The Evolution of Altruism in Humans

Posted: 9 Jan 2015

See all articles by Robert Kurzban

Robert Kurzban

University of Pennsylvania - Department of Psychology

Maxwell N. Burton-Chellew

University of Oxford

Stuart West

University of Oxford

Date Written: January 2015

Abstract

Humans are an intensely social species, frequently performing costly behaviors that benefit others. Efforts to solve the evolutionary puzzle of altruism have a lengthy history, and recent years have seen many important advances across a range of disciplines. Here we bring together this interdisciplinary body of research and review the main theories that have been proposed to explain human prosociality, with an emphasis on kinship, reciprocity, indirect reciprocity, punishment, and morality. We highlight recent methodological advances that are stimulating research and point to some areas that either remain controversial or merit more attention.

Suggested Citation

Kurzban, Robert and Burton-Chellew, Maxwell N. and West, Stuart, The Evolution of Altruism in Humans (January 2015). Annual Review of Psychology, Vol. 66, pp. 575-599, 2015. Available at SSRN: https://ssrn.com/abstract=2547494 or http://dx.doi.org/10.1146/annurev-psych-010814-015355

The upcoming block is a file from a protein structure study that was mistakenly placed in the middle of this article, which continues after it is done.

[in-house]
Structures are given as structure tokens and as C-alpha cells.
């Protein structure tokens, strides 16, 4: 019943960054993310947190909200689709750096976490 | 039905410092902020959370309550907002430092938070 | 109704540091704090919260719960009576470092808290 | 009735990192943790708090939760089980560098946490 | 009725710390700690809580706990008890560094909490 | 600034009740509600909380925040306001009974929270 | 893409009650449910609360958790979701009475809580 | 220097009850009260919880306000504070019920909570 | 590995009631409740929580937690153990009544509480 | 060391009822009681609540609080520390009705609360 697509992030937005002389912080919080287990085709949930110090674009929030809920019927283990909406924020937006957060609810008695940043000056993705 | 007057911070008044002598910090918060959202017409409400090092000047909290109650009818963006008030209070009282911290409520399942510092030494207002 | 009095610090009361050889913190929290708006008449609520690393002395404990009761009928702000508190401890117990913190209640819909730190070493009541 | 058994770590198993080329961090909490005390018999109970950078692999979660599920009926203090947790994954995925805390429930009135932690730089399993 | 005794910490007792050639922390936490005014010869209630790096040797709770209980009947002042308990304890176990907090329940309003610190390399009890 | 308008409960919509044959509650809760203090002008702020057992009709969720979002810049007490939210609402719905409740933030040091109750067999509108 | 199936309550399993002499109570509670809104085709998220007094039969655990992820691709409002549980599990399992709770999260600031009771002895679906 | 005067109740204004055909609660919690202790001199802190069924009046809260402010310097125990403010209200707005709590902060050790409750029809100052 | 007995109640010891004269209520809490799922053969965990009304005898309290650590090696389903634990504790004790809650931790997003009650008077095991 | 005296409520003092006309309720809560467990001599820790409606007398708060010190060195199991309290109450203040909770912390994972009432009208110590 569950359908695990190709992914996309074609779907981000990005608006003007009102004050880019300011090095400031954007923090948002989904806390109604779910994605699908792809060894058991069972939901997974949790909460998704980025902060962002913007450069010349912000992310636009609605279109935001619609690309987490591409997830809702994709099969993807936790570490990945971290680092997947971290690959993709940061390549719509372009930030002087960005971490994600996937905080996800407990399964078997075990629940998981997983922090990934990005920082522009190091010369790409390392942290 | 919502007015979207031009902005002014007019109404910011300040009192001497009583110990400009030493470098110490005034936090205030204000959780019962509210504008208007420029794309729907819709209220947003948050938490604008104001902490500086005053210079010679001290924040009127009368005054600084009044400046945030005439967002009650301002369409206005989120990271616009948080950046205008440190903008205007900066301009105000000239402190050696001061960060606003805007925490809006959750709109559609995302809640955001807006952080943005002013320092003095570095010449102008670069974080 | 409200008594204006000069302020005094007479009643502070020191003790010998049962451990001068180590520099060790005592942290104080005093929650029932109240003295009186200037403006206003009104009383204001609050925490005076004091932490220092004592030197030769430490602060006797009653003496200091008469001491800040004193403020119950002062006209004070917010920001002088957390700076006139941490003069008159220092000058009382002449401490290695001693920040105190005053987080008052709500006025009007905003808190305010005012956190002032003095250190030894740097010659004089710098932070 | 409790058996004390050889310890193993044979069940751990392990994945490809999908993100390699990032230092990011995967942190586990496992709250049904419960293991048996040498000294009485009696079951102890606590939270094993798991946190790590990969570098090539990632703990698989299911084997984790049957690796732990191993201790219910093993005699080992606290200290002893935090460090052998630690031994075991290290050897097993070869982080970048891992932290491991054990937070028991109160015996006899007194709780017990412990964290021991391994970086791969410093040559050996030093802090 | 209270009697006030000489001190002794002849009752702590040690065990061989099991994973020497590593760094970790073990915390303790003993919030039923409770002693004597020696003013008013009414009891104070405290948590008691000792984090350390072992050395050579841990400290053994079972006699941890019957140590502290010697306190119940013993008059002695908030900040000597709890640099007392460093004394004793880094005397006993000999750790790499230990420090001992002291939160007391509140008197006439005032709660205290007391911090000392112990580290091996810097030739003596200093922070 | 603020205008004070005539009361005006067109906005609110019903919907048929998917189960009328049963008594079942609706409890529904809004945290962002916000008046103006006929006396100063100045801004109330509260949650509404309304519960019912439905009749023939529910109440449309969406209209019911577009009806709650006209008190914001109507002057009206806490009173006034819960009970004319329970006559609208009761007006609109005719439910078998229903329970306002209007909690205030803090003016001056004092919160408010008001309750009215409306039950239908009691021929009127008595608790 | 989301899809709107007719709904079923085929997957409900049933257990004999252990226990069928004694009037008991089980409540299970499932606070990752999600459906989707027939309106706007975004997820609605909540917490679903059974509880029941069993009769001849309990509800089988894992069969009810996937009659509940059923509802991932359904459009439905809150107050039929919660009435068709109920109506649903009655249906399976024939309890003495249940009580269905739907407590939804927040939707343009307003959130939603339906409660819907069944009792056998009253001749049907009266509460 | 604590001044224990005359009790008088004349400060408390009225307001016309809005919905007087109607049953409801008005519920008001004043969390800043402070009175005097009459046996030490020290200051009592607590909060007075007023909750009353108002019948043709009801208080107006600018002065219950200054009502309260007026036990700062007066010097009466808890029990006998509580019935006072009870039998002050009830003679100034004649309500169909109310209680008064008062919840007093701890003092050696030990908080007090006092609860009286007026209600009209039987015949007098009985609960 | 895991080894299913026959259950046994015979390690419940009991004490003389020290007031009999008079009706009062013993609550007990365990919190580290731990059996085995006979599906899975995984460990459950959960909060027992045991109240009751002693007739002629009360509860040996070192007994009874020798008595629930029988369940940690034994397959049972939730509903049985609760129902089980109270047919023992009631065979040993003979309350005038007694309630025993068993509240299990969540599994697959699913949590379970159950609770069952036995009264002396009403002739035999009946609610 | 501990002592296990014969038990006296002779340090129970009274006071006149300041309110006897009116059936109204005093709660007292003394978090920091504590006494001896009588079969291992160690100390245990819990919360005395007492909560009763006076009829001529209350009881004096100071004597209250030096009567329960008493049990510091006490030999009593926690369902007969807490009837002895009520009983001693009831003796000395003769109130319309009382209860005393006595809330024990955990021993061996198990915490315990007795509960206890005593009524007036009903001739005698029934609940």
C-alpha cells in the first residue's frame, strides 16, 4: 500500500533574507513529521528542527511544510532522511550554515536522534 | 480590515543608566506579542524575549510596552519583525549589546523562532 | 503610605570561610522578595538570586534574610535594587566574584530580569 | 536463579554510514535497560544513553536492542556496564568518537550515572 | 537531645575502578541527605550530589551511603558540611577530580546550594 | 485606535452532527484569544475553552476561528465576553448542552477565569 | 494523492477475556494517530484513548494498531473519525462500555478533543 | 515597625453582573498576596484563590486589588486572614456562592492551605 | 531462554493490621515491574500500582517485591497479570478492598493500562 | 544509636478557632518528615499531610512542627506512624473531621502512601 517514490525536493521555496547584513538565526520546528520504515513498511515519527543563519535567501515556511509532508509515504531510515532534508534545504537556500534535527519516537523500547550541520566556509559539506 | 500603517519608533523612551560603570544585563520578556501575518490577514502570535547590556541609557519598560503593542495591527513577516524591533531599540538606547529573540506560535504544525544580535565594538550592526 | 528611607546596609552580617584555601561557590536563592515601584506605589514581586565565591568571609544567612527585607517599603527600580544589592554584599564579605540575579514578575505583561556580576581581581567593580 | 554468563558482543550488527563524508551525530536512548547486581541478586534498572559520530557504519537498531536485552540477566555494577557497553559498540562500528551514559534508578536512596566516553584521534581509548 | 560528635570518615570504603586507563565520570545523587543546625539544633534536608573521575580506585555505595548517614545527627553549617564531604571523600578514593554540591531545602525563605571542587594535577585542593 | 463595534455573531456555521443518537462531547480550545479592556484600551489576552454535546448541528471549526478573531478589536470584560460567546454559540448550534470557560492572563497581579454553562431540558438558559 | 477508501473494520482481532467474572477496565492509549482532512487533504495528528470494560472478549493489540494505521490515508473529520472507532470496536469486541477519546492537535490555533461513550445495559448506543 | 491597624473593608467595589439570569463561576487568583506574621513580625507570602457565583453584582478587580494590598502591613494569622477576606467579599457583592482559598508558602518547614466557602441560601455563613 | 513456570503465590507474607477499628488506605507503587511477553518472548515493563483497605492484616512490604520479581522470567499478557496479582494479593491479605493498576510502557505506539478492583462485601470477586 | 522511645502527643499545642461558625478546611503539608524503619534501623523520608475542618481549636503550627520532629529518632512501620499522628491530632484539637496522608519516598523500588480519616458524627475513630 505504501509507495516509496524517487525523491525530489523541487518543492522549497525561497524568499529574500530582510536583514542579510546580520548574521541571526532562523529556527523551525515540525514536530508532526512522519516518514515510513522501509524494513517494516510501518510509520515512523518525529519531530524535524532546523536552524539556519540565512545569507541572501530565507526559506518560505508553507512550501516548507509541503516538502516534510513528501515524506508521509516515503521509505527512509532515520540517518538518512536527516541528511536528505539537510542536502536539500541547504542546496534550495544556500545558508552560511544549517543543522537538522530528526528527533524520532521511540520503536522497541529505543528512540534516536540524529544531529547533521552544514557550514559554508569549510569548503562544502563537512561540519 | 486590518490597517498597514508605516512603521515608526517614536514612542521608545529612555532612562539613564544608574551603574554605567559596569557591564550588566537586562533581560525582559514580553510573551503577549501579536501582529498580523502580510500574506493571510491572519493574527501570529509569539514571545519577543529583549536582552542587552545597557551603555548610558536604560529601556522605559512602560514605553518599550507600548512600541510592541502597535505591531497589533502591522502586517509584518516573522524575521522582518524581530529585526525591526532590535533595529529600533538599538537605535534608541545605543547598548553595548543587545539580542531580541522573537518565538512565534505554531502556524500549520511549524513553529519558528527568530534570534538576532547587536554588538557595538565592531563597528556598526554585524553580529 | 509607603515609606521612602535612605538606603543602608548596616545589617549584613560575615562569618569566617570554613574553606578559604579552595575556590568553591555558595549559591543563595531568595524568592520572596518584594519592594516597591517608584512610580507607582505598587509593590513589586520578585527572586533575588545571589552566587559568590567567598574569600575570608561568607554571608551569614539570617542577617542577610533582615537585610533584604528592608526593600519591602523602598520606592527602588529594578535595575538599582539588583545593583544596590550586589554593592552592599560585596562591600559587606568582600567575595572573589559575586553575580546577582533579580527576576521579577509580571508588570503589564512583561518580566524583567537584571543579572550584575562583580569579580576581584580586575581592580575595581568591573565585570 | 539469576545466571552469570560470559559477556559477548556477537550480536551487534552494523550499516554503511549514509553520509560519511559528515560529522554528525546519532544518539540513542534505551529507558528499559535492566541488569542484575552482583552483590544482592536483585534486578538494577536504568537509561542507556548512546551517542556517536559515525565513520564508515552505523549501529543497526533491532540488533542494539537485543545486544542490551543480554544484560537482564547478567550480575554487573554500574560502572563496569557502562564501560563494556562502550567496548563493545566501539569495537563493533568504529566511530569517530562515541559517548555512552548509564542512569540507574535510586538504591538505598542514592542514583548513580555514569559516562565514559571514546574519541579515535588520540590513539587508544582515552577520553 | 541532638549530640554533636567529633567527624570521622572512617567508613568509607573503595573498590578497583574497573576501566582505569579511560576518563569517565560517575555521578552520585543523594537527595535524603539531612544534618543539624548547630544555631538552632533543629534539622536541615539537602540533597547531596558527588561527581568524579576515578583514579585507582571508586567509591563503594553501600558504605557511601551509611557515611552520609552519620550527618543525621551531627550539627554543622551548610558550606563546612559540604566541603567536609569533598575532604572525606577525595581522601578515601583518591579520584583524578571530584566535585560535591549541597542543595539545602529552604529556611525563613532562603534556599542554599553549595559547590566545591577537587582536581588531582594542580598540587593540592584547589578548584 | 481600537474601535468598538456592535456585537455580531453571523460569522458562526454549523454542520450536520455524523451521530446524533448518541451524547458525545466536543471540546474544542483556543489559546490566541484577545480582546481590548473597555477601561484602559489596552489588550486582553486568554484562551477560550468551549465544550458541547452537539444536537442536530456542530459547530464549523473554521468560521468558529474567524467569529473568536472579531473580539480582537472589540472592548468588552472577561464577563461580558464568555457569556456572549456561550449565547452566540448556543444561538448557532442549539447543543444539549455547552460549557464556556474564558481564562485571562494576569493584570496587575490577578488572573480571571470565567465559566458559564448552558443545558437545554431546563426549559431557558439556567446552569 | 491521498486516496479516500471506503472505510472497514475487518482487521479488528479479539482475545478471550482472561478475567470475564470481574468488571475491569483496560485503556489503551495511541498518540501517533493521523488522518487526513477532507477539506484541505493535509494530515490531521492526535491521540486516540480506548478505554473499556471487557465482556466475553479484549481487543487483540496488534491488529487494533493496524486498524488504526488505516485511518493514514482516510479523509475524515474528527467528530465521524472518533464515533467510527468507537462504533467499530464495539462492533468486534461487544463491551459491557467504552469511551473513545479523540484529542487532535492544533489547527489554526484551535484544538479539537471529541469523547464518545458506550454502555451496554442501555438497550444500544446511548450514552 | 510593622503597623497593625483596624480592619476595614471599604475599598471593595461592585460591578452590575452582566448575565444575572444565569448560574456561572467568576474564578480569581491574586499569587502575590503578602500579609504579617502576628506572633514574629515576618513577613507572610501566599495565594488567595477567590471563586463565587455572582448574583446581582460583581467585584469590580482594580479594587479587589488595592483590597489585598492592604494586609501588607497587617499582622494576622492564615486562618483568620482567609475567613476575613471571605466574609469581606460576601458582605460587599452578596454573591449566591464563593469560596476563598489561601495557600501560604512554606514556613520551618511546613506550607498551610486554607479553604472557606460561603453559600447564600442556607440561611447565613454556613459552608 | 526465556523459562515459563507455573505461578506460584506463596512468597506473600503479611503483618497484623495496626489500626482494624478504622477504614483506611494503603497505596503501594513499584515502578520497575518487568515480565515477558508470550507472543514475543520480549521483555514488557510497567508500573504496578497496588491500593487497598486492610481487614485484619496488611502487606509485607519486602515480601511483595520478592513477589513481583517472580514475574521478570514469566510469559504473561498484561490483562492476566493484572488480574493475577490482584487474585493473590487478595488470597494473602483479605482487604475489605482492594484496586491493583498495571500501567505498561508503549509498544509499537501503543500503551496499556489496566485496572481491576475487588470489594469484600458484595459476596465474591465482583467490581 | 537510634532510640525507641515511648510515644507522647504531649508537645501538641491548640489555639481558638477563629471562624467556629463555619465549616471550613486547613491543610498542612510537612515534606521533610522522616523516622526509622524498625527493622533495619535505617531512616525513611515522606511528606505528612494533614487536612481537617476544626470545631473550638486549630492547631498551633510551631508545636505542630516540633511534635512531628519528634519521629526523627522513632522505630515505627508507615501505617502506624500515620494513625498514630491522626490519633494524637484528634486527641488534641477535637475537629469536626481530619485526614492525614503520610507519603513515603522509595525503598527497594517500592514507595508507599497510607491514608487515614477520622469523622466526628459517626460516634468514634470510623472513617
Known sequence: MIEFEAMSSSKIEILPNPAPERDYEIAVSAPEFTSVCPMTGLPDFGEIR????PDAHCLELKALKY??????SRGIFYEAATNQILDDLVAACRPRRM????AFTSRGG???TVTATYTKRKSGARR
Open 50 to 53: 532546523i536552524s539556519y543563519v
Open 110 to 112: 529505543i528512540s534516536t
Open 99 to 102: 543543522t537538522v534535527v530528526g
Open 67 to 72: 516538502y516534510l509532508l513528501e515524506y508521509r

Robert Kurzban (Contact Author)

University of Pennsylvania - Department of Psychology ( email )

3720 Walnut Street
Philadelphia, PA 19104-6196
United States

Maxwell N. Burton-Chellew

University of Oxford ( email )

Mansfield Road
Oxford, Oxfordshire OX1 4AU
United Kingdom

Stuart West

University of Oxford ( email )

Mansfield Road
Oxford, Oxfordshire OX1 4AU
United Kingdom

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